Why Boris Johnson And Brexit Are Now In Limboland

The key issue is whether the prime minister wants a winter general election or a spring one.

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The ditch is back

He was so near, yet so far. In the long distance steeplechase that is Brexit, Boris Johnson has done something Theresa May never could and cleared his first parliamentary hurdle. But within minutes he got bogged down in the water jump. The question is whether he now wants to finish the race or cut and run for another event altogether, a general election.

Just six weeks ago, the PM warned us he’d rather be ‘dead in a ditch’ than allow a delay beyond October 31. But just how serious is he about now triggering that snap election rather than breaching the Halloween deadline?

There has been a vigorous debate among the PM’s allies and among ministers on this key question: which is preferable, a winter election without a deal or a spring election with one?

Those who want polling day in late November or early December think the PM can campaign on the deal that he’s secured so far from Brussels.

He would credibly be able to say he’d done his best to meet the October deadline but - thanks to the programme motion defeat tonight - parliament tied his hands. Those pushing for an election also think that it would allow him to exploit Labour’s confused position on Brexit.‌

Proving perhaps that the Tory party really, really doesn’t understand how Labour works, some even think that any delay to spring would give their opponents a chance to dump Jeremy Corbyn (that ain’t gonna happen, folks). A better case is that waiting until next year would allow Corbyn to frame the election as a ‘10 years of Tory cuts/save the NHS’ contest.

But there are others inside and outside No.10 who think a much safer option is to bite the bullet of a short Brexit delay and blame others for it. Even if there’s a November election, we won’t be out of the EU by Halloween, they argue. The 30-strong majority for the second reading of the Withdrawal Agreement Bill looked very robust indeed (with 19 Labour votes).‌

If he accepts a short delay, the PM could bask in the glory of getting a Brexit deal through parliament, then pass a Queen’s Speech and a budget with some juicy tax cuts and spending splurges due to kick in on March 31. All this without the blowback from Brenda from Bristol fed up at the idea of traipsing out to vote just before Christmas.

Those who think the PM is bluffing about a snap election can point to his recent tactics. At the weekend, he sent a letter to the EU requesting an extension while trying to make it look like he’d done nothing of the kind. Today, he threatened to ‘pull’ his bill if he didn’t get his accelerated timetable, only to actually ‘pause’ it instead.

So will we get a short extension or not? Johnson said he will speak to EU member states “about their intentions” and “until they have reached a decision”. That felt like him trying to again put the ball in the EU’s court once more (No.10 stressed Halloween was Brussels’ date not theirs).‌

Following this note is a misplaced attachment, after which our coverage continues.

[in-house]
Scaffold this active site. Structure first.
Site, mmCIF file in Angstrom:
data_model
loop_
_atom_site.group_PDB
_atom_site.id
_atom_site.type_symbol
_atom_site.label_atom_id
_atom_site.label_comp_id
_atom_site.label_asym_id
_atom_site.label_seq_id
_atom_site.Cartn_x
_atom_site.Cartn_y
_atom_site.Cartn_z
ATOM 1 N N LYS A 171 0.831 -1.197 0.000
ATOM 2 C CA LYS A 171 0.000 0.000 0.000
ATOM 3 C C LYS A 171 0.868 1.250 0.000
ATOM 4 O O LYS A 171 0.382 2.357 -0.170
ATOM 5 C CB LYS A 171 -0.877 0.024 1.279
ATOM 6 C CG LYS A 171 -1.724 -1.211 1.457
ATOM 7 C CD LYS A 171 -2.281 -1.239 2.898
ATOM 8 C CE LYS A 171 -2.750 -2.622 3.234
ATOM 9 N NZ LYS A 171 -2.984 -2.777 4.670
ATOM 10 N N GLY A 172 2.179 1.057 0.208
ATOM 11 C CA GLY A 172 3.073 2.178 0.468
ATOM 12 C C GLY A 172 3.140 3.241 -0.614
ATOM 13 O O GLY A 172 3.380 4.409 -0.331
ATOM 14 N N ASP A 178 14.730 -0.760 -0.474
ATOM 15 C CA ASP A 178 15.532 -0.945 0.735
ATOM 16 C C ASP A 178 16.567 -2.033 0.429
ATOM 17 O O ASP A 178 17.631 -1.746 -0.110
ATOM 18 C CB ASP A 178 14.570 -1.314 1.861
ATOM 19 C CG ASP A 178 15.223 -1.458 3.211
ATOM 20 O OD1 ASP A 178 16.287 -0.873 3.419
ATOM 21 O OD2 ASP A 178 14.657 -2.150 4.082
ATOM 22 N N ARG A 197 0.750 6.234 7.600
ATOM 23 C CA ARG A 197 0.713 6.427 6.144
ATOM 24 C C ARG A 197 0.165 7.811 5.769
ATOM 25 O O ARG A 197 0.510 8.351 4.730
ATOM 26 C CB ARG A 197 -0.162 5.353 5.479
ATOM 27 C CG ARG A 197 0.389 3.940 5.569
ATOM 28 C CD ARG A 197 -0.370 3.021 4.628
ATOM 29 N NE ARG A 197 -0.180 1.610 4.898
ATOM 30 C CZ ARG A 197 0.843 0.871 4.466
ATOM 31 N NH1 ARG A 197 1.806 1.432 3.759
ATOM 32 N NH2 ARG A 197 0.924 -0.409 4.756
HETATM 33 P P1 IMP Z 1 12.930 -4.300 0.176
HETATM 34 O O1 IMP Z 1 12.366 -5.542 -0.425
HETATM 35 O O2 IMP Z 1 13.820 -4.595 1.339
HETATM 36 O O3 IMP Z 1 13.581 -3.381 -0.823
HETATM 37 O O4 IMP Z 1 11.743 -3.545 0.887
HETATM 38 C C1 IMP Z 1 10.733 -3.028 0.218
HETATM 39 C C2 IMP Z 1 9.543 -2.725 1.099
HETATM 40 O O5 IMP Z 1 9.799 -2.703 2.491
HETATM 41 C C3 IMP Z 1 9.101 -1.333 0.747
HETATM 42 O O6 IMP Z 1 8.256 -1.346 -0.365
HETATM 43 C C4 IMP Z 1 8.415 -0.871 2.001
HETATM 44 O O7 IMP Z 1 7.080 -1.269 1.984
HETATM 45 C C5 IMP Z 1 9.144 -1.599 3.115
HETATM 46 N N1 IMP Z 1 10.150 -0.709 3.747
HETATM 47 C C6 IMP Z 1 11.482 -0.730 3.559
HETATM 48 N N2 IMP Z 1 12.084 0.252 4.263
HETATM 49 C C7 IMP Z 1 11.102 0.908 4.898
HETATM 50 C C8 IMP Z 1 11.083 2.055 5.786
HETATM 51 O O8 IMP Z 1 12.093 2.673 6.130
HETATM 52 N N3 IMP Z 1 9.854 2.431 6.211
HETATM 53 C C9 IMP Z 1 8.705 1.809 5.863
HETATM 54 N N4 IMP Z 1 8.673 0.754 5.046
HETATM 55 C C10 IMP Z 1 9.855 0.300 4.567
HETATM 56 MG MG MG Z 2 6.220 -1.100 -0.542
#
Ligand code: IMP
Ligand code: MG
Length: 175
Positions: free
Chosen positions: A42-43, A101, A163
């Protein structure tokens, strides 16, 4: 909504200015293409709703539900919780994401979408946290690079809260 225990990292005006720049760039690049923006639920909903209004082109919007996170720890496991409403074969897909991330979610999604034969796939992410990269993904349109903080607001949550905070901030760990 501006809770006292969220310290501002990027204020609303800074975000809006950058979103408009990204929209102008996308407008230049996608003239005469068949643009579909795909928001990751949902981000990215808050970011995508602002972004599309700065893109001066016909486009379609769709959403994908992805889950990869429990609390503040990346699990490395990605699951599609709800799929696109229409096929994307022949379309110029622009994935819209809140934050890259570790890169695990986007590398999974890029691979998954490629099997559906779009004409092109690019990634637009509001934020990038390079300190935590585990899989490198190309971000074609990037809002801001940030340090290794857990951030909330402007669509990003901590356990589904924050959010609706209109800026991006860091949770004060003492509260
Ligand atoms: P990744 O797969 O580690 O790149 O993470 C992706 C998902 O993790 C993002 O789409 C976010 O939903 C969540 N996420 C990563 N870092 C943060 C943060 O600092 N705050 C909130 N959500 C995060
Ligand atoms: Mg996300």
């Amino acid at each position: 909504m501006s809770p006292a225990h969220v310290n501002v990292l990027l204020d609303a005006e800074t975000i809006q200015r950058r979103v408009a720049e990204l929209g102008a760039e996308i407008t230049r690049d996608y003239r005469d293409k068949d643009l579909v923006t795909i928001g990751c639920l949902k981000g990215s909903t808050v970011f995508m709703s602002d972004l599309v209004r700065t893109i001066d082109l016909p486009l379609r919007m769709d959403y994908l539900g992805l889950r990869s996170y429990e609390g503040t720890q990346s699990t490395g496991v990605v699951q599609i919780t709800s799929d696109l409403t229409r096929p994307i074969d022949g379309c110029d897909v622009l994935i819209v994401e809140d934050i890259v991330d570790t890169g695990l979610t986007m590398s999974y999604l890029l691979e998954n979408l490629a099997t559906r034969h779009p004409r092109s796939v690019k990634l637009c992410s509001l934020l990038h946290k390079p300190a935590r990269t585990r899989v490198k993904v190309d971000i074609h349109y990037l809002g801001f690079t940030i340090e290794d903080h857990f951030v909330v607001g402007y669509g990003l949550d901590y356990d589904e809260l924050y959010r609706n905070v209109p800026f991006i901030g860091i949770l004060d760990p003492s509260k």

Yet when we hacks asked the PM’s spokesman just what he would be saying in his phone calls to EU leaders, there was no clear answer. We may not get an answer from Brussels either until next week (although Donald Tusk tweeted that he would “recommend the EU27 accept the UK request for an extension”).

A three-month extension would of course be a maximum, and the moment a deal is passed the extension would end. As I’ve written before, I’m told that the government could live with a fortnight’s delay, but no one will say that publicly of course.

So it’s not just the Withdrawal Bill that is in ‘limbo’, as Speaker Bercow put it. Johnson’s decision on a snap election is going through its own purgatory. Bercow put it neatly thus: “The bill is not dead but it is inert. It is not on a journey, it is not progressing. But it is not a corpse.” That sounds like Brexit itself.

Crucially, Jacob Rees-Mogg has decided to push ahead with the Queen’s Speech debate this week rather than seriously consider Labour’s offer of talks on a little more time for the bill (eight more days is what I’m told is on the table). He even said “there is no point in bringing forwards a business motion” to set a new timetable. That suggests this may be a government veering towards an election after all.

The Commons Leader also said that the original religious version of limbo “was a place for souls of those who died before salvation...brought to us at the point of the resurrection”. He will be hoping that the PM’s dying in that Halloween ditch is just the prelude to the Tory resurrection come polling day.

Quote Of The Day

“My wife and I spent longer choosing a sofa than we have to debate this incredibly important bill.”

– Shadow minister Karl Turner laments the time allocated to the Withdrawal Agreement Bill.

Tuesday Cheat Sheet

The Commons voted by 329 votes to 299 for the second reading of the Withdrawal Agreement Bill. It then voted by 322 votes to 308 to reject the government’s fast-tracked timetable for the legislation.‌

Irish PM Leo Varadkar told colleagues he wants Brexit done by October 31 so he can see pop legend Cher in concert in Dublin the following day.

EU chief Brexit negotiator Michel Barnier suggested to the European Parliament that the planned 14-month transition period would not be long enough to sort a trade and security deal. It could take “maybe two three or more years for some areas” to get agreed.

Labour chair Ian Lavery accused shadow Brexit secretary Keir Starmer of trying to ‘ram down my throat’ his support for a referendum before a general election. Diane Abbott and Dan Cardenreportedly supported Lavery as he complained Starmer had backed an amendment by Peter Kyle and Phil Wilson.

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